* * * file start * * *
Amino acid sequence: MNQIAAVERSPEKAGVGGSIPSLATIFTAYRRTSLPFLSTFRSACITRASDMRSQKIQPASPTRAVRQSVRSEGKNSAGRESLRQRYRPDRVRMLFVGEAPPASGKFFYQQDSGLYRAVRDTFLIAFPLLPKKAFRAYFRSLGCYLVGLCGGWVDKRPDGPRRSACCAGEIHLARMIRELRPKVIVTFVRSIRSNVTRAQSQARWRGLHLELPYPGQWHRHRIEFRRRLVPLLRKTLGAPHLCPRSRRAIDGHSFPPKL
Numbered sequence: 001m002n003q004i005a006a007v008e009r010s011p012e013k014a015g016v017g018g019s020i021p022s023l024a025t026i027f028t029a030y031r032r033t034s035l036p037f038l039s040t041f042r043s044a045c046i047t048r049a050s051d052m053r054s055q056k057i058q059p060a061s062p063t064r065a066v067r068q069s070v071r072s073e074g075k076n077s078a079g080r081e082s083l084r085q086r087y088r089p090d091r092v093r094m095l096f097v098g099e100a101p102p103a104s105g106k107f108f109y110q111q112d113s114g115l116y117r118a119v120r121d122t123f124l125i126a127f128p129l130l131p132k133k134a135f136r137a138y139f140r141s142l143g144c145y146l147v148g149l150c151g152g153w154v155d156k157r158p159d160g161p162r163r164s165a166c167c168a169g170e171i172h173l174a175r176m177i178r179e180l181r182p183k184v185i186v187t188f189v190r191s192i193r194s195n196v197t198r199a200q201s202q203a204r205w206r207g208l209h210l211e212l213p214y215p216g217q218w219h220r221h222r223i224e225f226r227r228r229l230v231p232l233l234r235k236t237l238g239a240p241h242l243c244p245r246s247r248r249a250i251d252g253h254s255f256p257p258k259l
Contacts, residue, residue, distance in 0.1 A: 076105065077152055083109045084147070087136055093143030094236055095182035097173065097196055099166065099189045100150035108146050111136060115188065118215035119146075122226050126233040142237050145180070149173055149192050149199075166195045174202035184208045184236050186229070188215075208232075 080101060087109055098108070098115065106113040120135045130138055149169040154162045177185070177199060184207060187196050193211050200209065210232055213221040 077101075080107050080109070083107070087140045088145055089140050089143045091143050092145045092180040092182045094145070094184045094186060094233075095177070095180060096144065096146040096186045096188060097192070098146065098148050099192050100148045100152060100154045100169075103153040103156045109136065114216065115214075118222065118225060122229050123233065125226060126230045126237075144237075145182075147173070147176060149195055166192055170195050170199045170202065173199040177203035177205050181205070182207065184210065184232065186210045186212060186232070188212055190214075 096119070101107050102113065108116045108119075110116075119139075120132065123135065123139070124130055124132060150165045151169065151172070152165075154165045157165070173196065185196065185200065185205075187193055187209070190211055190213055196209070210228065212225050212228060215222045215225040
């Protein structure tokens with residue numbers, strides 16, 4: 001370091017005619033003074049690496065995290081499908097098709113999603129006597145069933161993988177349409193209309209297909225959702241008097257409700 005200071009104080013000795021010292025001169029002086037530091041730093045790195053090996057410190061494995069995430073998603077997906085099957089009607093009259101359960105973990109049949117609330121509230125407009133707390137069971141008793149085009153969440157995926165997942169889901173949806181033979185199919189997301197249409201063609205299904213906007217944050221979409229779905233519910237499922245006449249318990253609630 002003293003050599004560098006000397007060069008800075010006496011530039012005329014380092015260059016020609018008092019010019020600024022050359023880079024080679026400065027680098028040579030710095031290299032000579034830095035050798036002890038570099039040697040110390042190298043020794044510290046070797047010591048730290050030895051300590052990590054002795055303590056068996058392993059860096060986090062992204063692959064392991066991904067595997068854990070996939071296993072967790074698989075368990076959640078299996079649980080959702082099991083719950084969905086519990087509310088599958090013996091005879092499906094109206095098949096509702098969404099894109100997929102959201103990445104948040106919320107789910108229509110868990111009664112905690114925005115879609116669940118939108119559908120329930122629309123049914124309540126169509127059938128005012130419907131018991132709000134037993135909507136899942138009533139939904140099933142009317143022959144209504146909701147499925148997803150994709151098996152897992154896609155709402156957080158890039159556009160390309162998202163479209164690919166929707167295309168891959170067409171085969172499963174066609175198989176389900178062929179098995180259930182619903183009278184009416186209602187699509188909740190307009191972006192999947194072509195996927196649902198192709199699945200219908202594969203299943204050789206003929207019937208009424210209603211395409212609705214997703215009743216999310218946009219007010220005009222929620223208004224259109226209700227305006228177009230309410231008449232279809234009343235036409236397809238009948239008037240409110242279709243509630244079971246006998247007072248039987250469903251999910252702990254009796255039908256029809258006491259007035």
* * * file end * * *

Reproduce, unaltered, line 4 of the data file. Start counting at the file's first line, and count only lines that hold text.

């Protein structure tokens with residue numbers, strides 16, 4: 001370091017005619033003074049690496065995290081499908097098709113999603129006597145069933161993988177349409193209309209297909225959702241008097257409700 005200071009104080013000795021010292025001169029002086037530091041730093045790195053090996057410190061494995069995430073998603077997906085099957089009607093009259101359960105973990109049949117609330121509230125407009133707390137069971141008793149085009153969440157995926165997942169889901173949806181033979185199919189997301197249409201063609205299904213906007217944050221979409229779905233519910237499922245006449249318990253609630 002003293003050599004560098006000397007060069008800075010006496011530039012005329014380092015260059016020609018008092019010019020600024022050359023880079024080679026400065027680098028040579030710095031290299032000579034830095035050798036002890038570099039040697040110390042190298043020794044510290046070797047010591048730290050030895051300590052990590054002795055303590056068996058392993059860096060986090062992204063692959064392991066991904067595997068854990070996939071296993072967790074698989075368990076959640078299996079649980080959702082099991083719950084969905086519990087509310088599958090013996091005879092499906094109206095098949096509702098969404099894109100997929102959201103990445104948040106919320107789910108229509110868990111009664112905690114925005115879609116669940118939108119559908120329930122629309123049914124309540126169509127059938128005012130419907131018991132709000134037993135909507136899942138009533139939904140099933142009317143022959144209504146909701147499925148997803150994709151098996152897992154896609155709402156957080158890039159556009160390309162998202163479209164690919166929707167295309168891959170067409171085969172499963174066609175198989176389900178062929179098995180259930182619903183009278184009416186209602187699509188909740190307009191972006192999947194072509195996927196649902198192709199699945200219908202594969203299943204050789206003929207019937208009424210209603211395409212609705214997703215009743216999310218946009219007010220005009222929620223208004224259109226209700227305006228177009230309410231008449232279809234009343235036409236397809238009948239008037240409110242279709243509630244079971246006998247007072248039987250469903251999910252702990254009796255039908256029809258006491259007035």